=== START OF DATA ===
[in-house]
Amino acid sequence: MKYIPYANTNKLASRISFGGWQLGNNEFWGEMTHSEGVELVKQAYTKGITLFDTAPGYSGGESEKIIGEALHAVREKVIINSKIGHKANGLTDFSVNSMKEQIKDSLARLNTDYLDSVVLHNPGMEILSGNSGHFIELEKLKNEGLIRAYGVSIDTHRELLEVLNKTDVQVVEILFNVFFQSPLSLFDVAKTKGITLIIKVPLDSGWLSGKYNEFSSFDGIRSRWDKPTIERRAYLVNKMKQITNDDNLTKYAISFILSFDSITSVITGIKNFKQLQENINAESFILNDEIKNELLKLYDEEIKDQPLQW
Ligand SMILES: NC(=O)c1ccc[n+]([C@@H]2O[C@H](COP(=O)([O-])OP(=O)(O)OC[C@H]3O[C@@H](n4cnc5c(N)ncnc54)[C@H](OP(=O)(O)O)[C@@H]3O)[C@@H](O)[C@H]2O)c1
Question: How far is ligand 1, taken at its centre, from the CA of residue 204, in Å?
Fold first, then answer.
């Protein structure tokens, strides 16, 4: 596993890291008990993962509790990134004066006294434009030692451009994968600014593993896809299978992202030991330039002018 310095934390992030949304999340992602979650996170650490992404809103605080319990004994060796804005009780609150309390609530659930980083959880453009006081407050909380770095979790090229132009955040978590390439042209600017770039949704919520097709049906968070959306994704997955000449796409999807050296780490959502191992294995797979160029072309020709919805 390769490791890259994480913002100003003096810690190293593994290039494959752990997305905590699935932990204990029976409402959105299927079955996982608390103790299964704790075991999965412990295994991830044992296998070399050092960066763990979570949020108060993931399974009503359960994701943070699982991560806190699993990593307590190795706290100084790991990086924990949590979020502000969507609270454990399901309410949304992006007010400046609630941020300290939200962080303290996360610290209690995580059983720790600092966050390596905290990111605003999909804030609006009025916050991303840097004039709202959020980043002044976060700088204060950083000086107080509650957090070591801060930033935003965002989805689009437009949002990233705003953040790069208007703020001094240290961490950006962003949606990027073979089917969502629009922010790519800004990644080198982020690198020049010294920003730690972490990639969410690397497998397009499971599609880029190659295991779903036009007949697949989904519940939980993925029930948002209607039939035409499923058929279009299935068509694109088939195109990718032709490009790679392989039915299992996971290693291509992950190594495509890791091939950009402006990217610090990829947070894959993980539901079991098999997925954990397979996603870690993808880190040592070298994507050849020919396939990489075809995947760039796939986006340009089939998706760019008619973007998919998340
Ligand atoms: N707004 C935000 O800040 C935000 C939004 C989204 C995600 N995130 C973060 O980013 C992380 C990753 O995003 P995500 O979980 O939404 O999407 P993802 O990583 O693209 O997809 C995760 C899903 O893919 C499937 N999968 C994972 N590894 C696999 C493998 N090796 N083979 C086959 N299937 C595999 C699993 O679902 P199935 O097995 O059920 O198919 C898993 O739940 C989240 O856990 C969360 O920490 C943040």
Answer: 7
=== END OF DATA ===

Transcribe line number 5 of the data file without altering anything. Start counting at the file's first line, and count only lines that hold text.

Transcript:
Fold first, then answer.